Why Did We “Save the Whales”?

It’s more complicated than you think

Paul Greenberg

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“Ban Whaling: people sign Japanese flag to stop whaling” by John Englart (Takver) is marked with CC BY-SA 2.0. To view the terms, visit https://creativecommons.org/licenses/by-sa/2.0/?ref=openverse

“Whale Carpaccio — 130 Kroner.”

Thus read an appetizer on a menu at a restaurant in Bergen, Norway, when I dined there a few years back. I wanted to sample this odd dish. What would the experience be like? Would the meat be chewy like pork, or flaky like fish?

These were my thoughts when the waitress approached and asked (maybe a little sadistically?) if I’d like to “try the whale.” But before I could signal my assent, somewhere in the back of my mind a fuzzy ’70s-era television memory arose — the image of a Greenpeace Zodiac bobbing on the high seas defensively poised between a breaching whale and a Soviet harpoon cannon. “No,” I said, “I’ll have the mussels.”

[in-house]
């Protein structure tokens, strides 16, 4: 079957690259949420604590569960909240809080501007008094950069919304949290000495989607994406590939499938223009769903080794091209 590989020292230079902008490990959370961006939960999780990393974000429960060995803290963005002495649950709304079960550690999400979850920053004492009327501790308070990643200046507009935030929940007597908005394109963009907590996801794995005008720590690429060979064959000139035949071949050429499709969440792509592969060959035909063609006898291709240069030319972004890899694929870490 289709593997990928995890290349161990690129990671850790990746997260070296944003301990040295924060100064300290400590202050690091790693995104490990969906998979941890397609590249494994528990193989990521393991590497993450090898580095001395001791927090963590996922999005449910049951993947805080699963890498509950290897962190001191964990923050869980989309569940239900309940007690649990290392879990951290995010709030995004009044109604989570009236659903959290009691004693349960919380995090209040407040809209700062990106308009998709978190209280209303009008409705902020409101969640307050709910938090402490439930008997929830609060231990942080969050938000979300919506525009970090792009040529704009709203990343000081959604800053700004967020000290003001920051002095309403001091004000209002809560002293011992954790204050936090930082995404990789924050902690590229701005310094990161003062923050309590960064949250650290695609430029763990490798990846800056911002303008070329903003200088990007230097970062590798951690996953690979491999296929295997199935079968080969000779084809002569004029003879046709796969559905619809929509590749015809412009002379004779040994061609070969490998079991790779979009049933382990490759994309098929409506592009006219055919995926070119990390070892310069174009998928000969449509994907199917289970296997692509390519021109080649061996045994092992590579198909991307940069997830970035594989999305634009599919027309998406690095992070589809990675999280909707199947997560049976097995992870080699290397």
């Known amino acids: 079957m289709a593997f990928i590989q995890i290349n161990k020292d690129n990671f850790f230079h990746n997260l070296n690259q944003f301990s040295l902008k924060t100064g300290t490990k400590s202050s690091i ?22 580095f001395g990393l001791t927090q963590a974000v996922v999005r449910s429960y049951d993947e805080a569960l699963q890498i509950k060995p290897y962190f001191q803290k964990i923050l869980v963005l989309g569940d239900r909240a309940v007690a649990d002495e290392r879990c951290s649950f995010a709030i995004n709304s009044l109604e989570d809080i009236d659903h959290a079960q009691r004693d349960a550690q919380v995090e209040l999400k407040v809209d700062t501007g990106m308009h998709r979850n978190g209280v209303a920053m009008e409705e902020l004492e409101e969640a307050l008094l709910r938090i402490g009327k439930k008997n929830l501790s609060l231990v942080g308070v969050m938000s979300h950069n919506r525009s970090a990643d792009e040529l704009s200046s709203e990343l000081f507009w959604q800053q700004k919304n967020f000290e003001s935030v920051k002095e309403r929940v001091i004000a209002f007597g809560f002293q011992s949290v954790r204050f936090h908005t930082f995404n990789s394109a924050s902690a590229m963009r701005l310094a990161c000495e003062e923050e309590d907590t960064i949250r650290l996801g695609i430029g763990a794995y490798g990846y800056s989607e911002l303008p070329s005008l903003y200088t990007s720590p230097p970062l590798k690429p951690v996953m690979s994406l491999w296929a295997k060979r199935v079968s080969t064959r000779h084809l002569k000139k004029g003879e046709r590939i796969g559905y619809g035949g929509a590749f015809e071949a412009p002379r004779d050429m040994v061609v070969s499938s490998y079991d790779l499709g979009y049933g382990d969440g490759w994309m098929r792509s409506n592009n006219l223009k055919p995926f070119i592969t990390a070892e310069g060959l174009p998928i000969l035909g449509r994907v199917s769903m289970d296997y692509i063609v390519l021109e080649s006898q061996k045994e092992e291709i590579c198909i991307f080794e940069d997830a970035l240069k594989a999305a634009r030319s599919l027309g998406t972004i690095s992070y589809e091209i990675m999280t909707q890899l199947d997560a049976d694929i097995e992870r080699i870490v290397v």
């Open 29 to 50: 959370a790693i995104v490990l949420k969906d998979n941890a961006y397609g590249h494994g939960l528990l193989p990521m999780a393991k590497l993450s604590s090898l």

I reprise this anecdote here not to show how evolved I am, but rather to juxtapose my hazy whale-belief structure with the much more nuanced understanding of a man who has immersed himself in the subtleties, trickeries, scandals and science of cetaceans. D. Graham Burnett, the author of “The Sounding of the Whale,” a sweeping, important study of cetacean science and policy, has quite literally “tried the whale” and could probably describe for you whale meat’s precise consistency. But he has also been tried by the whale in the deepest sense, because he spent a decade poring over thousands upon thousands of pages scattered in far-flung archives. If the whale swallowed Jonah whole, then Burnett has made a considerable effort to get as much of the whale as possible down his voluminous intellectual gullet.

“Whales and dolphins quite naturally go in the directions we call spiritual, in that they get into meditative states quite simply and easily.”

A reviewer pressed for time could, in lieu of an essay, put together a very respectable (or at least very weird) collage of all the “you’re kidding me, right?” facts about whales and whaling that appear on almost every one of Burnett’s information-soaked pages. That the waxy plug in a whale’s ear might work as a sound lens focusing song from miles away. That the Japanese World War II pilots who spotted submarines were retrained, postwar, to find whales. That whale scientists were seriously…

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Paul Greenberg

New York Times bestselling author of Four Fish as well as The Climate Diet and Goodbye Phone, Hello World paulgreenberg.org